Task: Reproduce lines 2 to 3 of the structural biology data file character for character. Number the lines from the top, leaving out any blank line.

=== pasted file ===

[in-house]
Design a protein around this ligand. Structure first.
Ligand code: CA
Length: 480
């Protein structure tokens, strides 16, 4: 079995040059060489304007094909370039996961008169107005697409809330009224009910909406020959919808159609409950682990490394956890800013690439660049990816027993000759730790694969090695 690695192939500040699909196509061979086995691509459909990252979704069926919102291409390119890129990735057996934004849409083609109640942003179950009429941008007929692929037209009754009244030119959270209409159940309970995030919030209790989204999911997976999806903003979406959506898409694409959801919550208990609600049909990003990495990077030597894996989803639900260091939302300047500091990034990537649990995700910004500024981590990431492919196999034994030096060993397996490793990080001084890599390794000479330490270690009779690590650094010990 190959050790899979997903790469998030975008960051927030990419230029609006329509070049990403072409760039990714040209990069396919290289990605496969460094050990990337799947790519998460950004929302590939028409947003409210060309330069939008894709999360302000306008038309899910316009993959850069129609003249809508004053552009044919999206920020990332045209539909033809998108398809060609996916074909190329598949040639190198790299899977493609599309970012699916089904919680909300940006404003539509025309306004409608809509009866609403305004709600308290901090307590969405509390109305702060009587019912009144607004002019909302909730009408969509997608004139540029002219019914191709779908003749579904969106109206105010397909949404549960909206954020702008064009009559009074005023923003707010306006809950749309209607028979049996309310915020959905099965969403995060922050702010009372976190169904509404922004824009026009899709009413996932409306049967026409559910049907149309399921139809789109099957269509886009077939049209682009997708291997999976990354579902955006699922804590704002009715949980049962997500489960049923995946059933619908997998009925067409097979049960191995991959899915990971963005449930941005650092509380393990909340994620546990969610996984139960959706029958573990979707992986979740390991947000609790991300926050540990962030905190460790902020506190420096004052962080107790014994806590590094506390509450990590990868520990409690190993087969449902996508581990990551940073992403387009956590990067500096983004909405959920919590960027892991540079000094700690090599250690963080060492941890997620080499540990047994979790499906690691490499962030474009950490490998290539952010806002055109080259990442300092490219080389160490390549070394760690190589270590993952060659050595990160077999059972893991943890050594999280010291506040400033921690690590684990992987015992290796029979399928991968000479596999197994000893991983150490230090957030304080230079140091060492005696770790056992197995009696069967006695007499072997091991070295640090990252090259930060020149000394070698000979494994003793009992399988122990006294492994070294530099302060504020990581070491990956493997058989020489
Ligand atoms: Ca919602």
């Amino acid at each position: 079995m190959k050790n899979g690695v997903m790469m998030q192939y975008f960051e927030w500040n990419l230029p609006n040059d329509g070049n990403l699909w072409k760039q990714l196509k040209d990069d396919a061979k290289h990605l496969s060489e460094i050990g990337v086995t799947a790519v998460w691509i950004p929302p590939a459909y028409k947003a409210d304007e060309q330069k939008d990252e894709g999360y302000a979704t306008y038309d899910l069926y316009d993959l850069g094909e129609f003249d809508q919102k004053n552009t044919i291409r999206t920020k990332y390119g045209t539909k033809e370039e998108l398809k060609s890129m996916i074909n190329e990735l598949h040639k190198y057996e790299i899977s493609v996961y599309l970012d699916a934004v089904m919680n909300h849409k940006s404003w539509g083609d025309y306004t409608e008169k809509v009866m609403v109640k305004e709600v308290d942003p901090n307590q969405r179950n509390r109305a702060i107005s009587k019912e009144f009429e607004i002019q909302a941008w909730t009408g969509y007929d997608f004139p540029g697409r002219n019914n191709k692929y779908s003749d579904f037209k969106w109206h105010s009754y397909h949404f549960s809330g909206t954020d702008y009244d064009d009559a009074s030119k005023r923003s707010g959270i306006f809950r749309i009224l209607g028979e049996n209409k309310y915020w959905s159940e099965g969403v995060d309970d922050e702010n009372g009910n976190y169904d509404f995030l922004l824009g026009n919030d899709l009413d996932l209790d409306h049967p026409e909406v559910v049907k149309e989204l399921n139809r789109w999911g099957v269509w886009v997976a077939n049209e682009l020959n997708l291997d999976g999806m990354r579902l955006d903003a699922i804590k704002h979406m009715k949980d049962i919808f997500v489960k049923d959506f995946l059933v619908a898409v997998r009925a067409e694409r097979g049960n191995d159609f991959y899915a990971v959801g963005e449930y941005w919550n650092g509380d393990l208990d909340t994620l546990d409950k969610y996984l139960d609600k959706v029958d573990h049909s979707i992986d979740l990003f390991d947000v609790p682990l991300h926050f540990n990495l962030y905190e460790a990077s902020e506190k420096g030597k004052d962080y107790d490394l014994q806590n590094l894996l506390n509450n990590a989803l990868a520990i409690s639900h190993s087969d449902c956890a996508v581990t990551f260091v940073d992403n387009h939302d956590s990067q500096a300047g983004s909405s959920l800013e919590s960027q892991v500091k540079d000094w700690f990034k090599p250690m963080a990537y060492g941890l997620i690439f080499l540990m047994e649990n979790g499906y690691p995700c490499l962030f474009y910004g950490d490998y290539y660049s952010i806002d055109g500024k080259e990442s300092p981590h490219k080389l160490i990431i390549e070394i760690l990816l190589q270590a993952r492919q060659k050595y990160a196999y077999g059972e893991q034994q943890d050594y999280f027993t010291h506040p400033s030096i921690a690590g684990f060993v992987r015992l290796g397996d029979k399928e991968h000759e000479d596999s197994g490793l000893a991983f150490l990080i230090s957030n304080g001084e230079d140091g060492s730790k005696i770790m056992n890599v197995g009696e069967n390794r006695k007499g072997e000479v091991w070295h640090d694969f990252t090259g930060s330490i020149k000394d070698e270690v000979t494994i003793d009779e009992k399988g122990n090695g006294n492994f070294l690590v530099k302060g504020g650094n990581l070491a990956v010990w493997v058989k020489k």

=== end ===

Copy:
Design a protein around this ligand. Structure first.
Ligand code: CA